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Cantor Talks School Choice in Philly, Asks DOJ to Drop Voucher Suit

House Majority Leader Eric Cantor issued an ultimatum to the Department of Justice over its school voucher lawsuit while addressing a charter school in the city

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    NEWSLETTERS

    House Majority Leader Eric Cantor spoke at a Philadelphia charter school on Monday. But not everyone was happy with him being here. NBC10’s Doug Shimell explains why.

    During a visit to a Philadelphia charter school on Monday, U.S. House of Representatives Majority Leader Eric Cantor demanded the U.S. Department of Justice drop its lawsuit over school vouchers or face a congressional challenge.

    WATCH: Occupy Philly Goes to Penn

    Cantor (R-Va.) toured the Freire Charter School's Center City high school campus at 20th and Chestnut Streets and then spoke to parents, teachers and students.

    During his speech, Cantor called access to a good, safe education the "greatest civil rights challenge of our time."

    "Children in America born into poverty often find themselves trapped in failing schools," he told the crowd. "Who would want to keep kids in a school that are violent and unsafe?"

    Cantor says Congress will "leave no stone unturned" in challenging the Justice Department, unless it drops its fight over school vouchers in New Orleans.

    "If the Attorney General does not withdraw this suit, then the United States House will act. We will leave no stone unturned in holding him accountable for this decision," Cantor said. "The Attorney General will have to explain to the American people why he believes poor minority children in Louisiana should be held back."

    About 1,000 students apply by lottery for 150 spots in the freshman class at Freire Charter School's high school, where students told Cantor about their Advanced Placement classes and tutoring centers as he toured quiet hallways and classrooms. The school opened about 15 years ago in a former YWCA, after a $3.5 million makeover, according to board chair Thomas A. Caramanico, president of a nearby engineering firm.

    Tha majority leader has been a supporter of school choice, which offers students alternatives to public schools. Some school choice programs offer students the option of using a subsidy from public educational funds towards private school tuition.

    Cantor, who predicts that all U.S. children will be entitled to school choice by 2023, embarked on a school tour earlier this year in which he pushed for a policy which he claims outlines "elements of a policy agenda that places less emphasis on federal budget math and more on education."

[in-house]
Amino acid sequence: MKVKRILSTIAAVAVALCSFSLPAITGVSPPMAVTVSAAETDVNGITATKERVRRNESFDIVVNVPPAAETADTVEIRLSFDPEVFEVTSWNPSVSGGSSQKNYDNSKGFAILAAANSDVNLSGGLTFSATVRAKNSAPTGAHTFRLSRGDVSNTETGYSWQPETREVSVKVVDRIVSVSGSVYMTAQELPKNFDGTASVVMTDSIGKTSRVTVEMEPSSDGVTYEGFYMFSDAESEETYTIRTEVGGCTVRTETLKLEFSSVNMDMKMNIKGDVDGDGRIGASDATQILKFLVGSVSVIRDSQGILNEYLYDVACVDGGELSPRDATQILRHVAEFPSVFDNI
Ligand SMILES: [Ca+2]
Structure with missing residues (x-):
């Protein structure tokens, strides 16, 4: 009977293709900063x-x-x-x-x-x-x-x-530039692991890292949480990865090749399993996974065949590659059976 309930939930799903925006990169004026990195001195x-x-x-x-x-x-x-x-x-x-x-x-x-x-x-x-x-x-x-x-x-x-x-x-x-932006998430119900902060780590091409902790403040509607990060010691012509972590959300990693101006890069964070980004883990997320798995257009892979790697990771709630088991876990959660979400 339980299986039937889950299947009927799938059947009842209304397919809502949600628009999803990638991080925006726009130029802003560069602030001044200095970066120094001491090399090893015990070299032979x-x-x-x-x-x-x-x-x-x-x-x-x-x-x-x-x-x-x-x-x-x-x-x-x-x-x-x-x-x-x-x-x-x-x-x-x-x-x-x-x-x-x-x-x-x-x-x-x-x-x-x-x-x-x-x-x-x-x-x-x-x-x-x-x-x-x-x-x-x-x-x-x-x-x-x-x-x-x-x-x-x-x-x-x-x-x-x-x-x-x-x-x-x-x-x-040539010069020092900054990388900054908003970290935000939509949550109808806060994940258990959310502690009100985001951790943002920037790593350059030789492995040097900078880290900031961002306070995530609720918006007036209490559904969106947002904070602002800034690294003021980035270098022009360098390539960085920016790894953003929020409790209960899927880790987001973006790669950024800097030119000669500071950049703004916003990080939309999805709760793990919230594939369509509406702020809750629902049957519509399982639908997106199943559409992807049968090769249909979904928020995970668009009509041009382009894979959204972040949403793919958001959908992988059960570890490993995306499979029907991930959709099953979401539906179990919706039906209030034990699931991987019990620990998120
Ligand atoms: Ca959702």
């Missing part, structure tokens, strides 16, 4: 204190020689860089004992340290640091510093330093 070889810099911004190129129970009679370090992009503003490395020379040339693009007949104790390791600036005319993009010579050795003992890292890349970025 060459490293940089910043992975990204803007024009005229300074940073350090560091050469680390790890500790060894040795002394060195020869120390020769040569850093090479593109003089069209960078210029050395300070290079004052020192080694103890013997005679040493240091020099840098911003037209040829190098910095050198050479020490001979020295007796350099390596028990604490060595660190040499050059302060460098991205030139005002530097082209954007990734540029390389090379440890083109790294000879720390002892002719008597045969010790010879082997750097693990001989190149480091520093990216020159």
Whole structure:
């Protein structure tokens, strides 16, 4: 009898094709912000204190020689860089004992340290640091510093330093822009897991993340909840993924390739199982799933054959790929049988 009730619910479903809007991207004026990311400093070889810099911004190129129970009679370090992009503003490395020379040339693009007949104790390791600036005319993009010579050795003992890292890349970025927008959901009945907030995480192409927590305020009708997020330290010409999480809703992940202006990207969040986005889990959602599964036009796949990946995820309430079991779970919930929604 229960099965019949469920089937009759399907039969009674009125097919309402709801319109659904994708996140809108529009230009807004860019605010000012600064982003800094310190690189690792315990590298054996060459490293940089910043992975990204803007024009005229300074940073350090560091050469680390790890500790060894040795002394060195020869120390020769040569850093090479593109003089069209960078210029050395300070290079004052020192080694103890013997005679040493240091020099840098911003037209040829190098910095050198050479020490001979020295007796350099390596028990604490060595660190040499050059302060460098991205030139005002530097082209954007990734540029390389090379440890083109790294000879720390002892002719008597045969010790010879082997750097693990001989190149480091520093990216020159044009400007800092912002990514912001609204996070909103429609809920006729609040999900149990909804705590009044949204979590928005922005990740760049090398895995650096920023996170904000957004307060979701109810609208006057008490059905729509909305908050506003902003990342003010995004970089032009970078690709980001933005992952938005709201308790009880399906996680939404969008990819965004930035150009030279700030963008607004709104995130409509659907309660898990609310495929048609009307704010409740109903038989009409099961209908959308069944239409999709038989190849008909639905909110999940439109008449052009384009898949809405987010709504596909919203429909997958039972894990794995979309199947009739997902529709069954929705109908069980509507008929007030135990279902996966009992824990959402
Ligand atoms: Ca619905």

A small group of education activists, parents and students with the Philadelphia Coalition Advocating for Public Schools protested outside the charter school.

    The group argues that school choice bill would defund public education in Philadelphia and across the country by redirecting money to unproven charter schools.

    On Sunday, Helen Gym, a member of ParentsUnited, a volunteer group made up of parents of public school students, criticized the congressman as well as his stance on school choice.

    "Cantor supports a false notion of choice," she wrote on her Twitter page. "To defund public schools and give parents "choice" among an erratic range of charters."

    In 2011, Congressman Cantor was scheduled to appear at Penn’s Wharton School of Business to deliver a public speech on the “American Dream and Economic Growth," however, Cantor canceled his speech after members of Occupy Philadelphia as well as Penn and Temple students marched from City Hall to the Penn campus in protest.

    Occupy members claimed the purpose of the march was to “bring awareness of corporate greed to Congressman Eric Cantor.”

    Prior to the scheduled appearance, Cantor made headlines when he stated he was “increasingly concerned about the growing mobs occupying Wall Street and other cities across the country.” Cantor later backed away from those comments but still claimed the Occupy movement was divisive and pitted Americans against other Americans.

    Cantor canceled his scheduled speech after claiming the audience could no longer be controlled.

    "The Office of the Majority Leader was informed last night by Capitol Police that the University of Pennsylvania was unable to ensure that the attendance policy previously agreed to could be met," Cantor spokeswoman Laena Fallon wrote in an email to Philly.com.

    A member of the Republican party, Cantor became the House Majority Leader on January 3, 2011. He also served as House Minority Whip from 2009 to 2011.